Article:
Sunday, 28 October, 2012
‘PICKS FROM THE PROM’
(It is well to bear in mind that ‘PROM’ is a work of faction)
Carvel’s ‘New Genesis’ Speech
In the Summer of 1972, Carvel was invited to address a small group that gave itself the collective title of ‘Friends of Medicine’. As SOURCE was to explain years later, they ‘spoke to someone who had attended the event and heard, at first-hand, what turned out to be a remarkable speech.’ They went on to say that ‘Carvel came over as just a little world-weary, the energy for which he was famed, not totally present. Even so, the power of his words, his commitment to his subject, was all too clear.’ For all that, his soon to be referred to ‘New Genesis’ speech, passed under the radar. It didn’t even get a mention in the media. SOURCE obtained a copy of it, courtesy of the Baltimore Estate. It’s hard to fathom, to grasp Carvel’s state of mind at that time, what he was actually about. If it had received the media attention it would normally have warranted, it could have blown his plans out of the water. Perhaps the ‘Experiment’ was simply meant to be, no matter what.’ And remember, it didn’t actually happen for almost thirteen years from the time of this speech.
A new Genesis
“Ladies and gentlemen, Friends of Medicine, I thank you very much for inviting me to speak to your gathering this evening. If I may, I would like to share a few thoughts with you. Recently, I was appointed Director of a project that has been charged with the task of placing Cryogenics centre stage, so to speak, in matters appertaining to the many and varied fields of Medicine; surgery included. In this, I shall do my best, along with those more eminent in this area, to ensure it is applied to the very best advantage for our profession and the patients it serves.
I have put on record that I have some mixed feelings. As a Progressive, I am glad; as a Humanist, I am more than a little apprehensive. My gladness is in the fact that we do progress, and that it is a major step forward in the progress of things and, as you may have heard, I have been a strong Progressive Radical in my time, for which I do not apologise. The apprehension I feel is because of where this latest progressive step may lead us. I now talk only within my own area of expertise, such as it is, Medicine, and advanced Medicine in particular, which now must include Cryogenics.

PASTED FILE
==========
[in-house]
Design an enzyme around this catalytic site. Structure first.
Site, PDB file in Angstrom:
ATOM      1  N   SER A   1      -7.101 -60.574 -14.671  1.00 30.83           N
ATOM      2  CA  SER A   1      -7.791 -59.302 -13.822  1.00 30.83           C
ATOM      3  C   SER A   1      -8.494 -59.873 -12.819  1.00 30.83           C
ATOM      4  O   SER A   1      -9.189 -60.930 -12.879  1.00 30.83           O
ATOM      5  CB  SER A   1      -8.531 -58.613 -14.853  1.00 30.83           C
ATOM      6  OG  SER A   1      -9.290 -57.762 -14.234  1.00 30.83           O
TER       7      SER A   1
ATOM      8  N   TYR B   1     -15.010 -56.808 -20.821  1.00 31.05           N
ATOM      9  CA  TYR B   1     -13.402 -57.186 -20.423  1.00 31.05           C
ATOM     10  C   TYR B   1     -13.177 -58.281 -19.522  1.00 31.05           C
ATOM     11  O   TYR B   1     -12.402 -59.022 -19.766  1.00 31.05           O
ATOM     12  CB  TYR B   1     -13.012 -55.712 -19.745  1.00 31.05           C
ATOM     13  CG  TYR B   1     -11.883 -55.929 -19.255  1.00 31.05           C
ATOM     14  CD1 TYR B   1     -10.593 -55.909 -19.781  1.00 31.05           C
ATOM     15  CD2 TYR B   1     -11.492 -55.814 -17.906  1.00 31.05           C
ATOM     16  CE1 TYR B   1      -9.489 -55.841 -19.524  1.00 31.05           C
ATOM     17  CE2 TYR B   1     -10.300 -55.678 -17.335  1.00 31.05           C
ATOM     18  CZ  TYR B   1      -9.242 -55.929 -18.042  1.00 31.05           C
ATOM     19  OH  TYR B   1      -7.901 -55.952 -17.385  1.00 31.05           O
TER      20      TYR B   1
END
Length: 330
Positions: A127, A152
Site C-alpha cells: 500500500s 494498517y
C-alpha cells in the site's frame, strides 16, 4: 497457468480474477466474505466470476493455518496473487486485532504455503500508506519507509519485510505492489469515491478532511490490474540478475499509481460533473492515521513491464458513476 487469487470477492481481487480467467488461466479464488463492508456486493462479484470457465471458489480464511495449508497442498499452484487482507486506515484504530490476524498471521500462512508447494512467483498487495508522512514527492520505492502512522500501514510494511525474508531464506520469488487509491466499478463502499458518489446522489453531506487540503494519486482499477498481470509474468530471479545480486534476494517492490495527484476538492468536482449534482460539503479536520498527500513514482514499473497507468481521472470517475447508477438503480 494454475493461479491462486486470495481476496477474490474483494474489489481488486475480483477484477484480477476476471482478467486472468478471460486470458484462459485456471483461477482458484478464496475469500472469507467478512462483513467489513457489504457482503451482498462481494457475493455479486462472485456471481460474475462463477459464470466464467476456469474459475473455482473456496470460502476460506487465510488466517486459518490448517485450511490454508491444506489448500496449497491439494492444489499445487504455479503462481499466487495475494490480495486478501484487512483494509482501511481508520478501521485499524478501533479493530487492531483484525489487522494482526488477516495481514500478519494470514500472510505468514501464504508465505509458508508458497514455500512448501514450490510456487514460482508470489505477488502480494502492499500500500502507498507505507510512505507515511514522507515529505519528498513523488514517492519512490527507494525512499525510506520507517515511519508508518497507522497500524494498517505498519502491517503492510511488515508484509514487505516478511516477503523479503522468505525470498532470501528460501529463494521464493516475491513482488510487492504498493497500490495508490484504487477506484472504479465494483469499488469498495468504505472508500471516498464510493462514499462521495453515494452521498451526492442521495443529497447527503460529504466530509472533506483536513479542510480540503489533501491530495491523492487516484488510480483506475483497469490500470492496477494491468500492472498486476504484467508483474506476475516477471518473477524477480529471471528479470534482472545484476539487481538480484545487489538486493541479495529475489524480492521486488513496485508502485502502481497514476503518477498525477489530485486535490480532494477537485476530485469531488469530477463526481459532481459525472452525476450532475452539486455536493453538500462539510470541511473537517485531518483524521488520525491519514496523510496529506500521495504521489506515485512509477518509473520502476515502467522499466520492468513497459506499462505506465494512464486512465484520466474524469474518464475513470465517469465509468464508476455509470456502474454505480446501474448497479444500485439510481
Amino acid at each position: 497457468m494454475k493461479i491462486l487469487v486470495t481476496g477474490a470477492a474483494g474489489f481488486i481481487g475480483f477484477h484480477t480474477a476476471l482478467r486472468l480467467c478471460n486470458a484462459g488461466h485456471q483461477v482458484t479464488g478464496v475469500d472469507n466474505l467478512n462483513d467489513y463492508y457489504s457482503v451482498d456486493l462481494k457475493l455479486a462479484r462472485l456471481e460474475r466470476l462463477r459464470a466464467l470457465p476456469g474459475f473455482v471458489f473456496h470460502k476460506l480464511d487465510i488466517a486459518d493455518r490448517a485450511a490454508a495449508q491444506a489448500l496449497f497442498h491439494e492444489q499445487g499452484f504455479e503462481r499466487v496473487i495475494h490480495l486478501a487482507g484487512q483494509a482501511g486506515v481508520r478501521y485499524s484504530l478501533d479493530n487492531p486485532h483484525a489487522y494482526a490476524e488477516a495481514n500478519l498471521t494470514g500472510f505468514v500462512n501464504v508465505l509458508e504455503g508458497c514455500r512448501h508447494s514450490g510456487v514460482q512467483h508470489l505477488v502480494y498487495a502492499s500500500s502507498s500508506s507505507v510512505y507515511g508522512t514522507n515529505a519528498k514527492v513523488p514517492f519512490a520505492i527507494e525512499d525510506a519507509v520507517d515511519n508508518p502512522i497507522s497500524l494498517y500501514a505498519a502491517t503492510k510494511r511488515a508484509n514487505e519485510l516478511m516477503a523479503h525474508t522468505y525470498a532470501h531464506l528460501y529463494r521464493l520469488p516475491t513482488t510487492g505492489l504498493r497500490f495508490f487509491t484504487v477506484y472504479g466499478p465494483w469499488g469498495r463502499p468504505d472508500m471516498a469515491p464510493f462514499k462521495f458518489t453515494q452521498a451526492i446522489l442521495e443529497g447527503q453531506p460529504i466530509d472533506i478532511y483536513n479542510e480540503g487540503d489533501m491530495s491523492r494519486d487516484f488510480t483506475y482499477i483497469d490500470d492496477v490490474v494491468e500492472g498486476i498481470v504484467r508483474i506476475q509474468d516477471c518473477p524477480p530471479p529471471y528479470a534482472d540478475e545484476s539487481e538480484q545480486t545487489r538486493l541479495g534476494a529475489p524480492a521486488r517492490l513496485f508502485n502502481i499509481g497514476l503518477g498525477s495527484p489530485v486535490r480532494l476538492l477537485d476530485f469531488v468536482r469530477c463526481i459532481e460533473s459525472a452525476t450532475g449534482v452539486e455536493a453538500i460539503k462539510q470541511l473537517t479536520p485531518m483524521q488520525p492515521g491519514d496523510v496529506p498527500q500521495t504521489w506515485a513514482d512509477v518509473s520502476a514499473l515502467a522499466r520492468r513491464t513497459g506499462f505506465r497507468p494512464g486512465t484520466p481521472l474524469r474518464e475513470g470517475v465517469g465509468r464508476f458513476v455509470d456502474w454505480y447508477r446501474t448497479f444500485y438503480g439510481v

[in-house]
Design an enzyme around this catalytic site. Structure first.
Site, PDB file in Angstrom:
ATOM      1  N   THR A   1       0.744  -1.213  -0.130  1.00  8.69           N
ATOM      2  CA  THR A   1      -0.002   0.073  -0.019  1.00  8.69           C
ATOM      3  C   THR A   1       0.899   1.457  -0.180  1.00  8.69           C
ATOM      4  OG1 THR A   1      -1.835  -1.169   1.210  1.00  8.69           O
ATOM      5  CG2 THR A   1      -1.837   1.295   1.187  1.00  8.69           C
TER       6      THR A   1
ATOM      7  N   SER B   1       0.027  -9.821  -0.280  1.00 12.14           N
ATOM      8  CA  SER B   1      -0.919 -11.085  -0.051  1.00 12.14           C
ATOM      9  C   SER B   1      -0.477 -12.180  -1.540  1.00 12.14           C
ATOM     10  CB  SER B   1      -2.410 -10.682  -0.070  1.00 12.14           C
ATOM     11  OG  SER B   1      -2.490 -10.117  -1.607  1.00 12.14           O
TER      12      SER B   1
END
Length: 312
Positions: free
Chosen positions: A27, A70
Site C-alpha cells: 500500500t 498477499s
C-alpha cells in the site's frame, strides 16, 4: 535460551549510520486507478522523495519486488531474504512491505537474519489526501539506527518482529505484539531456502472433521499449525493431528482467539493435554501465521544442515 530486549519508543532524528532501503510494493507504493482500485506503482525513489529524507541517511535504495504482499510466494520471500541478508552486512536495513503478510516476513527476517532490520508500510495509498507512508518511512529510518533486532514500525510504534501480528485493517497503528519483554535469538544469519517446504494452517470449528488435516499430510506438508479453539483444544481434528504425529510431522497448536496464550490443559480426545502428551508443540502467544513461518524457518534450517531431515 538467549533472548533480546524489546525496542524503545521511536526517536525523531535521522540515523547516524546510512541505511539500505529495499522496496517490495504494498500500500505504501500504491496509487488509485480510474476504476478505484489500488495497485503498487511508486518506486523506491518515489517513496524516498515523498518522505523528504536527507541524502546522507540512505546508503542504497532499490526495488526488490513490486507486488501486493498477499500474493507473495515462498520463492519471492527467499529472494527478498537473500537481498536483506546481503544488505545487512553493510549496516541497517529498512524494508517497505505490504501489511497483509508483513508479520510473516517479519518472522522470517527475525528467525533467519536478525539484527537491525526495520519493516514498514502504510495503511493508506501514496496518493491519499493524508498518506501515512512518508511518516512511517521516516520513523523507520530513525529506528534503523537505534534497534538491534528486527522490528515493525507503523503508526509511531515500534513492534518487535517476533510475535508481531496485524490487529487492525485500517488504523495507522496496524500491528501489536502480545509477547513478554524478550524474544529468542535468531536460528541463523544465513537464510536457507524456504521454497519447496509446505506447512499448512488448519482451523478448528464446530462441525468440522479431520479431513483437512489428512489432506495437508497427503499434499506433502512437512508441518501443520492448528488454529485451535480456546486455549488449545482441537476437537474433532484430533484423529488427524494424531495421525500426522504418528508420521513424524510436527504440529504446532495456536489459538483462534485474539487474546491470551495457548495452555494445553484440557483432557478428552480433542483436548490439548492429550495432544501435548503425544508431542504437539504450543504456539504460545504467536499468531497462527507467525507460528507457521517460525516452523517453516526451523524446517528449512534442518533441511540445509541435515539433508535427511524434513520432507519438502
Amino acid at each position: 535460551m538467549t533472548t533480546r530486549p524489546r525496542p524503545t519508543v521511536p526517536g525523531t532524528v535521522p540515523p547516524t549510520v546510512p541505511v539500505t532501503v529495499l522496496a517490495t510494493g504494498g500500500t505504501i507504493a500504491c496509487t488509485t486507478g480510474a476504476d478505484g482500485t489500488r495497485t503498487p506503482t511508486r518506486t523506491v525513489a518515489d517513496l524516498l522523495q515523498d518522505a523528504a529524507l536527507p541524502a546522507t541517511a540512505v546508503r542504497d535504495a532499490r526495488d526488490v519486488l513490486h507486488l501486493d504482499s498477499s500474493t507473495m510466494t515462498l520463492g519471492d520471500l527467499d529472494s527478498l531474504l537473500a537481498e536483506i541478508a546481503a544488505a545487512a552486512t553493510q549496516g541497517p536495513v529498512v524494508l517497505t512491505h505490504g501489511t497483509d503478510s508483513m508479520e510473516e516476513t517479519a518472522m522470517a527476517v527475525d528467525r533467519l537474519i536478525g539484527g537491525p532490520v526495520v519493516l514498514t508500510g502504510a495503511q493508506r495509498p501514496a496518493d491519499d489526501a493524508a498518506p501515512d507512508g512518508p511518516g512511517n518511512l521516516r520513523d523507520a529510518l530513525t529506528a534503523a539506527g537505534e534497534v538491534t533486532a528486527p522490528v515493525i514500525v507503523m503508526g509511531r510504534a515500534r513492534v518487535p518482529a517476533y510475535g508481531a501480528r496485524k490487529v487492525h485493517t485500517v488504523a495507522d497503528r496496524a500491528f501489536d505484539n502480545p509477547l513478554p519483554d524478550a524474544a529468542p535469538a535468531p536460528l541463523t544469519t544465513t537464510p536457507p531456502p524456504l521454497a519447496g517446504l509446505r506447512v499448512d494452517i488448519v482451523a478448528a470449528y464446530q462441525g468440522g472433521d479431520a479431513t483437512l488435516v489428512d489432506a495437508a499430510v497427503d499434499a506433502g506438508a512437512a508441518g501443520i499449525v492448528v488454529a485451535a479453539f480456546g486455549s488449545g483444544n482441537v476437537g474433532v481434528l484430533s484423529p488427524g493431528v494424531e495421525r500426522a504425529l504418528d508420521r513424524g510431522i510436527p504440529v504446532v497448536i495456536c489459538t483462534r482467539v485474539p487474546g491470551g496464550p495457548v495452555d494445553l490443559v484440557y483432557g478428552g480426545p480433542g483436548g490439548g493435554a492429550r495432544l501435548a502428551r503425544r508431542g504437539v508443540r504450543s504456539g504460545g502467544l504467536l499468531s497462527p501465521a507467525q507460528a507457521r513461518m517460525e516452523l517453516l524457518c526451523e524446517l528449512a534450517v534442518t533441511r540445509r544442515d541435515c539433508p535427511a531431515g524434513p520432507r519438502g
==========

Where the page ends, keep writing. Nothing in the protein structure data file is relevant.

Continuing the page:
Cryogenics is the science of low temperature application, in many areas of Science, of which Medicine is but one. To date, this new science, in relation to immediate benefit to the individual, has been limited. However, it is now becoming a means by which to prolong life, indefinitely, until some future day when Medicine will have discovered cures and procedures for all that ails us today. We know for a fact that hundreds of people in the United States of America have freely given themselves over to this suspended life, there to remain until such times as medical salvation is at hand. But this alone is not enough. The very means used to place these people in such a state can be used NOW, to help towards finding such means for which they wait. By the use of Cryogenic-based surgery, it’s a very real possibility that we shall, sooner rather than later, be able to remove one of the greatest enemies known to today’s surgeons: TIME. The removal of the time factor from the operating theatres of the world. I need not tell you what this could mean. However, in each step of advancement that we take, not only do we gain greater power to serve, but also to create the ability to push even further back, the spectres of age and death. In short, we move nearer to ending, either deliberately or unintentionally, the greatest search in Man’s history; the search for everlasting life. It is this line of progress, and what might await us at its end, that gives me this great feeling of apprehension. For even as we continue forward, we should still be asking ourselves, how far? How far dare we go? How far should we go? Who, if anyone, should be held to account for providing such answers to such questions, either one way or the other? At what point, if any, should we cease to search, and thereby surrender the life to He that first gave it?